SO: Working in different areas of expertise in the disability arts sector, meeting inspiring disabled artists and arts leaders, and seeing work during the Unlimited festival. I was interested to see different ways of creating art, and how it can tell stories and become an advocate for voices and issues.  Unlimited is the only place that I can find such creative, high quality and strong advocatory art by disabled artists, with the potential to influence policy.

MC: It was a very intense few weeks, and it was really useful to see what Unlimited does from a commissioning perspective, but also during festival time. Even though the festival itself is run by Southbank Centre, the Unlimited commissions team do so much to support the artists and delegates during this time. I really appreciated the conversation elements that Unlimited built around the festival, as I think it’s really important to talk about the work so people understand it.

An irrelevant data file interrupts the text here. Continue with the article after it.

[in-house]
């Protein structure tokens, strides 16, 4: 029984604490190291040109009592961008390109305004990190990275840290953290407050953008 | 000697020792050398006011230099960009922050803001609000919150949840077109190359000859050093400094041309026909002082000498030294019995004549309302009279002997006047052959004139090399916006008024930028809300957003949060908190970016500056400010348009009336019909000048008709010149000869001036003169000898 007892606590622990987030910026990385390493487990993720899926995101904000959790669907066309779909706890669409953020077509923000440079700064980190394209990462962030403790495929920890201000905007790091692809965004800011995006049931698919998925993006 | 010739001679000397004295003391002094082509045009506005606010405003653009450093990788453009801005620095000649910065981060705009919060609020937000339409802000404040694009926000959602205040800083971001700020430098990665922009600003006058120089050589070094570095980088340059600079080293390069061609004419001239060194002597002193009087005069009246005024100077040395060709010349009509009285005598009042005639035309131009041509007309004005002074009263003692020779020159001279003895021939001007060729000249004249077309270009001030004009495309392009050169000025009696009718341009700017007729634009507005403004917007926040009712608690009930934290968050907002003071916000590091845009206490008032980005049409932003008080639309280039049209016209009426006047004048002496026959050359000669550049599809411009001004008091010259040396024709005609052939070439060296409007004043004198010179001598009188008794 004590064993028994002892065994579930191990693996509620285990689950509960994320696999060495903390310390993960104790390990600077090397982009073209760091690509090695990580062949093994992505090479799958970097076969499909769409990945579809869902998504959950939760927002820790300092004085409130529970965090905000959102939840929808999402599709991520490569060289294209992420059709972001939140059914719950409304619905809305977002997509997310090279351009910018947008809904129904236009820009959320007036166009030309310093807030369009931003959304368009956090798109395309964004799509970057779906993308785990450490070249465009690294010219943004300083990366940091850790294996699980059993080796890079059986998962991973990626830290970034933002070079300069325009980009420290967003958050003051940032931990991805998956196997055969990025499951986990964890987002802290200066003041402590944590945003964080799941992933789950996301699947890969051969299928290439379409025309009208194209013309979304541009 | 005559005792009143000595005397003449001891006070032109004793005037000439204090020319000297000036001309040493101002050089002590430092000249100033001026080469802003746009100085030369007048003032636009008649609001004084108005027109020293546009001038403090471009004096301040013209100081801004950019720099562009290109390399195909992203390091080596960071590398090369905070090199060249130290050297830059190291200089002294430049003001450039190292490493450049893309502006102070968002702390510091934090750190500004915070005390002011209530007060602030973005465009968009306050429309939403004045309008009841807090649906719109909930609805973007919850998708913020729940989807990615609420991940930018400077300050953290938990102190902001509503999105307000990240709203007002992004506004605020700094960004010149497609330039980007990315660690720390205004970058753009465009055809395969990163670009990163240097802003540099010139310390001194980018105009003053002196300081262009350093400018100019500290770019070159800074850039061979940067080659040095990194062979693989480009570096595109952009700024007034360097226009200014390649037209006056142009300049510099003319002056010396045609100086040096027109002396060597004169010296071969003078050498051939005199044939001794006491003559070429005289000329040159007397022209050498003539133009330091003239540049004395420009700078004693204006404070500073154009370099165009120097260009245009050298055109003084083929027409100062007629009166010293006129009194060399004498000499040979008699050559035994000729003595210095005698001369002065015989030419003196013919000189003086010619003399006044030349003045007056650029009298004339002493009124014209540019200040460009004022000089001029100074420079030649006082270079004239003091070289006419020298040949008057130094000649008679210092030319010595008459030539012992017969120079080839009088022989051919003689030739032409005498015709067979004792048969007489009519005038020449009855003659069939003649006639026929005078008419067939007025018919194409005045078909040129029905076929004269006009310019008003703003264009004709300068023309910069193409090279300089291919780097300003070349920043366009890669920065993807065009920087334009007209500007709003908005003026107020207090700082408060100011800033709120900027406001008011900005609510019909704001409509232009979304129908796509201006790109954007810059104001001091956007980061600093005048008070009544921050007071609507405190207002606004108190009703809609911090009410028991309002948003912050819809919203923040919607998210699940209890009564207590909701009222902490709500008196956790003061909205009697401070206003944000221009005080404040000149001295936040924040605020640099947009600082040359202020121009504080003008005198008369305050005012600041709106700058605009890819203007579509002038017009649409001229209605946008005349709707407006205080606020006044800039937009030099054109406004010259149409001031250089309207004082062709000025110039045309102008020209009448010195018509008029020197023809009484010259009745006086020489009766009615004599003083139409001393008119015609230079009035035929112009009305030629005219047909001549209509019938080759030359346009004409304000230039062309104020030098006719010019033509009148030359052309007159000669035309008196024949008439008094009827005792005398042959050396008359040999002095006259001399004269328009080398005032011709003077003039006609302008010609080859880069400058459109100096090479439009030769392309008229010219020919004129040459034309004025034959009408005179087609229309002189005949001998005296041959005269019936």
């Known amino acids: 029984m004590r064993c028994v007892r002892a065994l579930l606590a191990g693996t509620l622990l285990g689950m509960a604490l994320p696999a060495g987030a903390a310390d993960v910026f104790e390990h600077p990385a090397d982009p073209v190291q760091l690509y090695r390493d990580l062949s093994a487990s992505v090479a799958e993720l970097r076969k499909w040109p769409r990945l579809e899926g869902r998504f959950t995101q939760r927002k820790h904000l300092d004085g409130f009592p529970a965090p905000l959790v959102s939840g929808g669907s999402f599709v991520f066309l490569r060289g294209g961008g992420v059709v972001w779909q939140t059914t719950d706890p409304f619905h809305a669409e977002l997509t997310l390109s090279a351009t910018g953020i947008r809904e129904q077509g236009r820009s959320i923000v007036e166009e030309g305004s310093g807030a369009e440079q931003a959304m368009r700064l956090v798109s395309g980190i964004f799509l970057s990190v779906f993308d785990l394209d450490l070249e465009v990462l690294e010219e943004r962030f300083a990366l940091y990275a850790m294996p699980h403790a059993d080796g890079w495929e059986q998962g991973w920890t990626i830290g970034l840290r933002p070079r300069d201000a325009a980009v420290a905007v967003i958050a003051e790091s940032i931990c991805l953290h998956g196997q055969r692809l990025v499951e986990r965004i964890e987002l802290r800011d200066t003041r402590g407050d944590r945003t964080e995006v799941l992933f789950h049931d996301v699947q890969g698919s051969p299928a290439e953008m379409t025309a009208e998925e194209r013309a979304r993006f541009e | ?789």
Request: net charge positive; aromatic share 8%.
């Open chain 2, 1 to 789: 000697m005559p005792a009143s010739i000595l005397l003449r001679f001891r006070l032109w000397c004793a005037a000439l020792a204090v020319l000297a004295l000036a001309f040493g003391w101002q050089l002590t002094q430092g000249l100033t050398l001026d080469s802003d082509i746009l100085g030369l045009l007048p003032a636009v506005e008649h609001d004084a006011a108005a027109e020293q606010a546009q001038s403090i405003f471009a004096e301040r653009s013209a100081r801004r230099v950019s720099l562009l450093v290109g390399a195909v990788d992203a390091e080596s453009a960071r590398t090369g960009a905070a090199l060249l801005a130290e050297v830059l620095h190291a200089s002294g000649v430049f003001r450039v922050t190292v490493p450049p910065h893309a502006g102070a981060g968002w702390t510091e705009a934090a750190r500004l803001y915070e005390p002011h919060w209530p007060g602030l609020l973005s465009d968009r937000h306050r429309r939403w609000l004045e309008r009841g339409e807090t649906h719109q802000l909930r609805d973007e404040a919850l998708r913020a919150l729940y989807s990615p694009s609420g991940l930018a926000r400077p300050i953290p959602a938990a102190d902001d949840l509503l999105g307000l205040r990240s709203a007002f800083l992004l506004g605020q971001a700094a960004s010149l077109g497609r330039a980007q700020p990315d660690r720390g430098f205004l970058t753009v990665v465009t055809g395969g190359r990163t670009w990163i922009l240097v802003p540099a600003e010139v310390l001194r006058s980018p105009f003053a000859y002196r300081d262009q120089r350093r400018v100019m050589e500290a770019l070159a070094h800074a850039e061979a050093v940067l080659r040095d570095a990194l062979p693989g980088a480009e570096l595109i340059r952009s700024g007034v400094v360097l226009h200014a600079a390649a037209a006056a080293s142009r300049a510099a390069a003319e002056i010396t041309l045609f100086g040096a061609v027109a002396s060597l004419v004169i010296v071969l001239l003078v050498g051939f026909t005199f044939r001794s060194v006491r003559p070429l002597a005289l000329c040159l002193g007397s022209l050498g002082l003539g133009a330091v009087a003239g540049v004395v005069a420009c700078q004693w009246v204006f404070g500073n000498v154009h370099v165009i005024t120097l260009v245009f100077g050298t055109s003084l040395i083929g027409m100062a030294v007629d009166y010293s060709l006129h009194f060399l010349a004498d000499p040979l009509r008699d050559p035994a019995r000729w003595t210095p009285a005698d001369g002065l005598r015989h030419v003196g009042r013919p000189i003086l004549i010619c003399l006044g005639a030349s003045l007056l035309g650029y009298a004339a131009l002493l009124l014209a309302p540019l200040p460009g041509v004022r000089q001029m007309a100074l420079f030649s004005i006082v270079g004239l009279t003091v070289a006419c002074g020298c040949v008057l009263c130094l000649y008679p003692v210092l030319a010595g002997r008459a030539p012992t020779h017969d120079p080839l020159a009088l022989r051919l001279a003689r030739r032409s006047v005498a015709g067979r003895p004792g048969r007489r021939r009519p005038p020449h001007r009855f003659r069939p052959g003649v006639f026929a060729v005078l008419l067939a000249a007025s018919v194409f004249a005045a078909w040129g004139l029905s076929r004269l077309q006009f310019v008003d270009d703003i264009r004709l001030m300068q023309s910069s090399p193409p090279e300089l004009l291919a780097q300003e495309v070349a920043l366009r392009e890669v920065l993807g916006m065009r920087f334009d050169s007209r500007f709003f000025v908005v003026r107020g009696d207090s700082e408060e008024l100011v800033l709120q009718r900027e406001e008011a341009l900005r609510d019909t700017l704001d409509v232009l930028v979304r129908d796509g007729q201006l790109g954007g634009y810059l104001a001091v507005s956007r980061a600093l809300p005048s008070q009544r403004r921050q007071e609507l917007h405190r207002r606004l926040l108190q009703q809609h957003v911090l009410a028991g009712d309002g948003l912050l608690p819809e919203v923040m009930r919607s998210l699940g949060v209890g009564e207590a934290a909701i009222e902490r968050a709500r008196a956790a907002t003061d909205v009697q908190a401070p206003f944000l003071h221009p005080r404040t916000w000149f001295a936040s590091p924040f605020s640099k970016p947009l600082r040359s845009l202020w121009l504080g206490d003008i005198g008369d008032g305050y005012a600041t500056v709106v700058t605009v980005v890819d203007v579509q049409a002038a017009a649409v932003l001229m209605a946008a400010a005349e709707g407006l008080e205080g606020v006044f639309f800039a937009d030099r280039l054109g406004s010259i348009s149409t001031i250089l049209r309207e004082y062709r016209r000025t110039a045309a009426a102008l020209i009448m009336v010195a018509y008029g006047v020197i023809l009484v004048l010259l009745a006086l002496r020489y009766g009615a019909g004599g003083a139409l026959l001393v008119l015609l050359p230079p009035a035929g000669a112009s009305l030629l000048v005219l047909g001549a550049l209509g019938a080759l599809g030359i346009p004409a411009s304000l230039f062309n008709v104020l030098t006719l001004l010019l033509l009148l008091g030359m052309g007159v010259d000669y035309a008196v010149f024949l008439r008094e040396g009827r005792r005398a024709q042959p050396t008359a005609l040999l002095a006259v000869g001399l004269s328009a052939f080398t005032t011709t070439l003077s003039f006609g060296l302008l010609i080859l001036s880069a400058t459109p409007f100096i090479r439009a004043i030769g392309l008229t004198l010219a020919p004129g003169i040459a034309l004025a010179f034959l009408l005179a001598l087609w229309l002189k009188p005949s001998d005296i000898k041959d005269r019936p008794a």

But for me really, the most enjoyable aspects were the people and the work. These are the things which kept me coming back to Unlimited in 2016 and 2018, and I hope to be there (possibly with a 1 year old) in 2020 as well!

How has working with Unlimited influenced your creative practice?

FB: When we are in an inactive art scene we lose energy to work due to a lack of people to inspire and encourage us. Attending Unlimited brought an answer to such issues because I met people who can influence and join with me on the journey of developing a disability art scene here in Uganda.

NS: I have grown in confidence. Through working with Unlimited I no longer feel as though I am less than others, I am able to converse, interact and engage with others from a place of self-confidence. This has also allowed me to be unafraid of saying if I am challenged by something expected of me.